Our guest today: Lauren Brown
Lauren Brown (@lobro423 on Instagram) is a Brooklyn-born, Duke grad with a passion for brand insights, digital strategy, and challenging the body and mind through exercise. She is a retired professional ballerina, who performed with The Pennsylvania Ballet and New York City Ballet at Lincoln Center before receiving her degree in Psychology at Duke. She was also a State and National Yoga Champion (#1 in MA-2015; #21 in USA-2015).
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In 2015, she and her team competed in the UBS & OpenIDEO Challenge and was a winner for their project called UnBroke.
So what will you get out of this episode? Inevitably you’ll learn a few things about Brand Planning and Marketing. More importantly, this is a story about change. What is it’s like for someone to transition from professional ballet (or the performing arts) to a 9-5? Why did Lauren make this decision and how has her life changed since then?
- [05:20] With so many titles attached to yourself, how do you introduce yourself?
- [07:05] How old were you when you worked on the street asking marketing questions and surveys?
- [08:05] What made you decide to stop dancing and pursuing other aspects of life? How was the transition from being a professional dancer to figuring out what’s out there?
- [10:00] How prone are you to injuries? How much recovery time did you have between shows?
- [14:50] How does your beauty and your training helped you in the professional world?
- [19:10] How was your transition from being a dancer with a very active lifestyle to a sedentary advertiser? What advice would you share with other people?
- [23:15] What are some of the things a dancer need to watch out for? I.e. setbacks, liabilities, etc.
- [25:15] How has your experience been as a strategist?
[27:00] What is the IDEO project about and how it started?
- [33:15] What was delivered to the IDEO project?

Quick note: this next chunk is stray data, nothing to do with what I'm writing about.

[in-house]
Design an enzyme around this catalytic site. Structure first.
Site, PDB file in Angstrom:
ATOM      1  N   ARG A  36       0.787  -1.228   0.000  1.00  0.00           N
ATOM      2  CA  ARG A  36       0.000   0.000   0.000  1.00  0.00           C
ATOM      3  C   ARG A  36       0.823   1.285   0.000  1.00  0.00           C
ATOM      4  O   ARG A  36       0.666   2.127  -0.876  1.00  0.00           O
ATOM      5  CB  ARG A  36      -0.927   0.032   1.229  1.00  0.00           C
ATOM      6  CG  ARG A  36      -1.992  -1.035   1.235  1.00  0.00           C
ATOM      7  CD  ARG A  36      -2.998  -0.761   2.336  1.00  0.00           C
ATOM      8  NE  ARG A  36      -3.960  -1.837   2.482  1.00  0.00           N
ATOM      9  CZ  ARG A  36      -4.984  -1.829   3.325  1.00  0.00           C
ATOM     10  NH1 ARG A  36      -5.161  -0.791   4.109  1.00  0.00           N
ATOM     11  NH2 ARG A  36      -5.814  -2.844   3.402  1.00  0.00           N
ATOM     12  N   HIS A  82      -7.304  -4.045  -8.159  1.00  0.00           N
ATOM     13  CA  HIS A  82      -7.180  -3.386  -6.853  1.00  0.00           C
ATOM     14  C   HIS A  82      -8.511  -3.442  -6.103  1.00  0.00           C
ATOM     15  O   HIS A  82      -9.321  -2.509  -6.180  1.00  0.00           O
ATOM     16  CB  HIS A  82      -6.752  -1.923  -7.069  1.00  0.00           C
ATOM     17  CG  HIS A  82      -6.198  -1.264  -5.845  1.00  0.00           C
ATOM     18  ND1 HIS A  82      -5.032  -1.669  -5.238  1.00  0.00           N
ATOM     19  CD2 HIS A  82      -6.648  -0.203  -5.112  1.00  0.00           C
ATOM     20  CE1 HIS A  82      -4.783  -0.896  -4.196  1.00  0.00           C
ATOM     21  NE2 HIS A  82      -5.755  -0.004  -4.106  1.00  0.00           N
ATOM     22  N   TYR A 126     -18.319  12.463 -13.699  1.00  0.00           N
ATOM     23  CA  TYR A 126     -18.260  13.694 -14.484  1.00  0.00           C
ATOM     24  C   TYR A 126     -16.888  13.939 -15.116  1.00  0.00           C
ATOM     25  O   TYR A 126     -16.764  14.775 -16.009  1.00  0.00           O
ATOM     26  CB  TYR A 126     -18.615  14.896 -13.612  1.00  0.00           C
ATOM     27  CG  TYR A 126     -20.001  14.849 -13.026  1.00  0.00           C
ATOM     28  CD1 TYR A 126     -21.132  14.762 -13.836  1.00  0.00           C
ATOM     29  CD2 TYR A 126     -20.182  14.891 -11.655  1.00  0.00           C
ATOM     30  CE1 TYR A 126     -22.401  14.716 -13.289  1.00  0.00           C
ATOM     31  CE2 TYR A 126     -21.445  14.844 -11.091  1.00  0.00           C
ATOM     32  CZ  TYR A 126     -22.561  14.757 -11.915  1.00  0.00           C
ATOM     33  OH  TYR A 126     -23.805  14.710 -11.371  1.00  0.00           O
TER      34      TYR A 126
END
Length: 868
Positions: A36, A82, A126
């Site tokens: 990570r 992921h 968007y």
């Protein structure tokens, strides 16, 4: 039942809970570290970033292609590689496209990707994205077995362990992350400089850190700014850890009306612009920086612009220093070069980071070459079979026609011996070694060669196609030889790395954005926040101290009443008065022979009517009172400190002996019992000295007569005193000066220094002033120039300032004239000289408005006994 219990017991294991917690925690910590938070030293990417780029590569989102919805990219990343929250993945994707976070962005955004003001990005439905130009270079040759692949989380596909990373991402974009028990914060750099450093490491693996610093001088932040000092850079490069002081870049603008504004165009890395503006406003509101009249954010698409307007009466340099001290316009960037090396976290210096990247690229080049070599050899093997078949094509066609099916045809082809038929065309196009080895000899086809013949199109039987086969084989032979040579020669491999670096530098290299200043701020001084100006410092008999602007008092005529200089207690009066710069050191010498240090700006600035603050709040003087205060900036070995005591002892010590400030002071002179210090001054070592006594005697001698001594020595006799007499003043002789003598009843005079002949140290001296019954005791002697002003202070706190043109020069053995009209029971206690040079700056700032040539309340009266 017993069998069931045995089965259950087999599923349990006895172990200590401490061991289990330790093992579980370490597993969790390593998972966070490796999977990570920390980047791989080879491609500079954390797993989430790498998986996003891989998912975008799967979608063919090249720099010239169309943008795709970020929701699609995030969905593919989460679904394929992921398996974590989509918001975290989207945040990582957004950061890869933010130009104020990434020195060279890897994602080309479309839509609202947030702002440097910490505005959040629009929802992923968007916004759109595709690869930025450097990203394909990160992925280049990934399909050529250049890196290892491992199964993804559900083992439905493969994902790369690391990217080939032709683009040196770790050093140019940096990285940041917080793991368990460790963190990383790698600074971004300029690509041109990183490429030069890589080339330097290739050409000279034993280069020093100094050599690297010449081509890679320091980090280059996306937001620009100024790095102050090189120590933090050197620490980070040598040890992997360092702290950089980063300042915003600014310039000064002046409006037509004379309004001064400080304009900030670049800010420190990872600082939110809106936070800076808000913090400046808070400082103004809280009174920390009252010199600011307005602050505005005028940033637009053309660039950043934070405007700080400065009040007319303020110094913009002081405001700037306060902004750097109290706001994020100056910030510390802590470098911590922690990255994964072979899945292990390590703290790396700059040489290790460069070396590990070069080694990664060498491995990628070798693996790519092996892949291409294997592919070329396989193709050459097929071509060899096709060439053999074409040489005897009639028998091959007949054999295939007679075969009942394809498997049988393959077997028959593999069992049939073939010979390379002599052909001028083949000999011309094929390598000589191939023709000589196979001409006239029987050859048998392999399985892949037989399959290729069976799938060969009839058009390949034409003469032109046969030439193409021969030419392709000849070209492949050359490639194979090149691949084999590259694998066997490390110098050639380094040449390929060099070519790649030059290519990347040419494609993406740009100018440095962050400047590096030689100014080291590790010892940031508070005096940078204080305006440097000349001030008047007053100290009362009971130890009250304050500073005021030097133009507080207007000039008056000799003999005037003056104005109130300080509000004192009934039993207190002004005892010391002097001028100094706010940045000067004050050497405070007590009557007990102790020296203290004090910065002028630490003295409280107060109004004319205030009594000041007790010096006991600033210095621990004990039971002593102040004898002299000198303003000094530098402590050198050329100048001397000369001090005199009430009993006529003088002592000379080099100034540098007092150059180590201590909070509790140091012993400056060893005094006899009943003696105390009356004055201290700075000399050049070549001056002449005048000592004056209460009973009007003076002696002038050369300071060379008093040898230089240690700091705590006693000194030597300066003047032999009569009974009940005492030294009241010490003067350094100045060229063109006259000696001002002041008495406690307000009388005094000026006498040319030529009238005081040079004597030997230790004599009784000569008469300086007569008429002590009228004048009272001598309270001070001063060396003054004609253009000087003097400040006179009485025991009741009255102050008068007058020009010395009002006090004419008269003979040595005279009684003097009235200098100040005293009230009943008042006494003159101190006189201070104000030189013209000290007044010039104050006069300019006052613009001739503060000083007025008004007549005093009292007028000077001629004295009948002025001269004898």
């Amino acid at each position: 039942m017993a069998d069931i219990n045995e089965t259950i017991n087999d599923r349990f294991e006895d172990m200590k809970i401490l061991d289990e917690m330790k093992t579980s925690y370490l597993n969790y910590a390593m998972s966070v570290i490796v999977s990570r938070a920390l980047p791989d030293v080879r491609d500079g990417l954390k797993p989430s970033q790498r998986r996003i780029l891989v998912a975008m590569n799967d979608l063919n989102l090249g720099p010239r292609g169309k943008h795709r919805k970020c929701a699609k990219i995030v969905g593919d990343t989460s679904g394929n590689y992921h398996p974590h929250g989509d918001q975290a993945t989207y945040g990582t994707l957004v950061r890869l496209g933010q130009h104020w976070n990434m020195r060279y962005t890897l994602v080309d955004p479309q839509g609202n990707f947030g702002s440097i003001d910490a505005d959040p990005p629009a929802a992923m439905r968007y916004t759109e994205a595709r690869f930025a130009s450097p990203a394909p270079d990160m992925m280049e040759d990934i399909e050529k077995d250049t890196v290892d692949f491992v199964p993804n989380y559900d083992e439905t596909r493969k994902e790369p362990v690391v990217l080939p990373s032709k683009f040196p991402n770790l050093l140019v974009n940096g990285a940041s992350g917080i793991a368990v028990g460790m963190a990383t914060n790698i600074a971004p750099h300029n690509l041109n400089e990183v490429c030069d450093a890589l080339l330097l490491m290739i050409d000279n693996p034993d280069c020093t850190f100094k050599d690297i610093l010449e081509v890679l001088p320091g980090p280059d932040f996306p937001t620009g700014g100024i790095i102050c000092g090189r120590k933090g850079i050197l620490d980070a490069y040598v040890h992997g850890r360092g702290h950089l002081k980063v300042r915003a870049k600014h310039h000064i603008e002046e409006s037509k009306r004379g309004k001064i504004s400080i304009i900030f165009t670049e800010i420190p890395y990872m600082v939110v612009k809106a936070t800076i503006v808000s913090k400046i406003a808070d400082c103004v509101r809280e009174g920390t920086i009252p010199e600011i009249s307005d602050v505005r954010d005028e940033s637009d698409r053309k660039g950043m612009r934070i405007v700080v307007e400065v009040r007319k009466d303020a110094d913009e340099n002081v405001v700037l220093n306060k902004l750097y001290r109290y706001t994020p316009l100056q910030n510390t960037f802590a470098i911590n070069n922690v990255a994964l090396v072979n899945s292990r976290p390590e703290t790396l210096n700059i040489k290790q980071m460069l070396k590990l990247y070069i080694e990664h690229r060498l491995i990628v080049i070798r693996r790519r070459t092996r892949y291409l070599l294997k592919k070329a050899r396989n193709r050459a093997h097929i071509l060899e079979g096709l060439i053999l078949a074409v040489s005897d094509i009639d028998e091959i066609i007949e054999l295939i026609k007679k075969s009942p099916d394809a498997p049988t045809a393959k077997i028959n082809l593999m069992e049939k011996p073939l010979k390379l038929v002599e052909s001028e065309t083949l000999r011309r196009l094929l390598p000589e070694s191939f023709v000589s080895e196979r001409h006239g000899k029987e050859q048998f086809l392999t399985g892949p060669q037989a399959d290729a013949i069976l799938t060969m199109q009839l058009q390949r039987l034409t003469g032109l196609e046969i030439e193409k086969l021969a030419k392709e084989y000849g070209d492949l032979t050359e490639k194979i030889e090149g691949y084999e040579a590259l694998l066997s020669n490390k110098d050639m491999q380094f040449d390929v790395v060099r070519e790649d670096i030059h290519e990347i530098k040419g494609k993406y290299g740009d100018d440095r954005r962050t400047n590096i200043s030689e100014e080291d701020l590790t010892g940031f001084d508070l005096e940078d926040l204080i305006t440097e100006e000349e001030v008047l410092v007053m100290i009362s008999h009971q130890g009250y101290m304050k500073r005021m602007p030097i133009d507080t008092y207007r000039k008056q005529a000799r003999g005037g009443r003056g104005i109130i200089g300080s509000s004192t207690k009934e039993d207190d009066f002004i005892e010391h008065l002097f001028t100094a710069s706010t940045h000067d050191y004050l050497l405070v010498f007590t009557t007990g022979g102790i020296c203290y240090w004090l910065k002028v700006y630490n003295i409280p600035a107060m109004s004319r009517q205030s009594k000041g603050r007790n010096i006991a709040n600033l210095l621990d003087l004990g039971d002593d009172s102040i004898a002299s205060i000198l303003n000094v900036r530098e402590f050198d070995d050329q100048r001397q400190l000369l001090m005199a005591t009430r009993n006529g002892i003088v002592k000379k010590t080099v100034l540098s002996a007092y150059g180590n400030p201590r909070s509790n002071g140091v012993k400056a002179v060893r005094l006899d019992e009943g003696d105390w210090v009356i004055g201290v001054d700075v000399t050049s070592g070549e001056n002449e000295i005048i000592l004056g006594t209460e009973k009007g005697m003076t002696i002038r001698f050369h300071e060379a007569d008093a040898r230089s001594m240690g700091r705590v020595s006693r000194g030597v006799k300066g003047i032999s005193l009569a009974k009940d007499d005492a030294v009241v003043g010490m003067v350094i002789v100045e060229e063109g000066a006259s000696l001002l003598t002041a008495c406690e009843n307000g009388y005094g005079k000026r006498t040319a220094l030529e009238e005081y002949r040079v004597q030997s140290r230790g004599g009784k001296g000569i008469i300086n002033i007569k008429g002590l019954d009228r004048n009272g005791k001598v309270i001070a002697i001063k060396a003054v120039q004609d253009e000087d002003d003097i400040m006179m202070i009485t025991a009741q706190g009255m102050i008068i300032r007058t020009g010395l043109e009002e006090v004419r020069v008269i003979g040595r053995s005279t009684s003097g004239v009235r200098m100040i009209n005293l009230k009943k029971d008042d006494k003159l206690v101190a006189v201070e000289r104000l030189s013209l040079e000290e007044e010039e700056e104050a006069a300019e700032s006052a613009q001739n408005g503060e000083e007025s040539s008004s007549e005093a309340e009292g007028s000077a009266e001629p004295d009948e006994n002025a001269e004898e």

- [37:50] What’s the current status of the project?
- [40:20] How did you get into Yoga and Yoga competition?
People and Resources :
- [05:20] ‘My identity is something I always struggle with […]. For a long time it was ballerina, when I graduated I started to figure out who I was as an adult’
- [06:30] ‘[my first job] made me realize I was A PERSON, whether I was a ballerina, passionate about the environment or curious about marketing or psychology’
- [08:10] ‘My whole life I always had a lot of interests. [As I grew up] I quickly got rid of many of them.’
- [08:35] ‘There was actually a real turning point, where I felt somebody else controlled my body. [I reached a point where] I was dancing over 13 hours day.’
- [10:30] ‘Your limit is an injury. Your limit is not the pain, it’s the fact that something literally won’t work.’
- [17:00] ‘[With my friend] we went to see Black Swan and both of us felt that that was exactly how it was like to be a dancer: we did anything it took to excel, succeed and it didn’t matter, your mind was the only barrier.’
- [20:00] ‘It’s mainly about confidence. I think anyone can do anything if they just put their intention there. So often we think that people are successful because there is this element that will make them successful.’
- [21:15] ‘There are so many things where whatever the skills are that we all have from our different passions, we can apply them in a lot of different ways.
- [21:00] ‘There’s a huge benefit in collaboration. A lot of dancers tend to think ‘if I spend more time on this I can get it to be perfect. I would encourage dancers to embrace that collaboration, […] to be conscious about where you fall short and who can fill those gaps.’
- [28:30] ‘I think it is really important to embrace failure as much as success’
- [29:30] ‘I realized I felt very passionate about education and basic health care.
- [30:00] ‘Mick Ebeling’s main takeaways from FutureM’s talk: 1) First commit, then figure it out. 2) Surround yourself with people that make you feel stupid. 3) Seek out morsels of approval.’
- [33:45] ‘We delivered three ideas that were interesting, disruptive and helped reduce the cost of education.’
- [40:30] ‘It’s I think what helped transition me from a ballerina to a person. When I use my body I’m able to express myself in different ways. I really like the meditative aspect of ballet, and Yoga had that.’
- [41:30] ‘To me originally it felt very similar, but then I realized how different it was, because it is less about the end-result, it’s all about the process. There’s no such thing as perfection, there’s only intention, and this notion became more and more embedded on how I approach things.’
- [50:00] ‘I think it is so cool when you walk down the street and you realize that everyone has a story and you have no idea what that story is. I think it’s fascinating’
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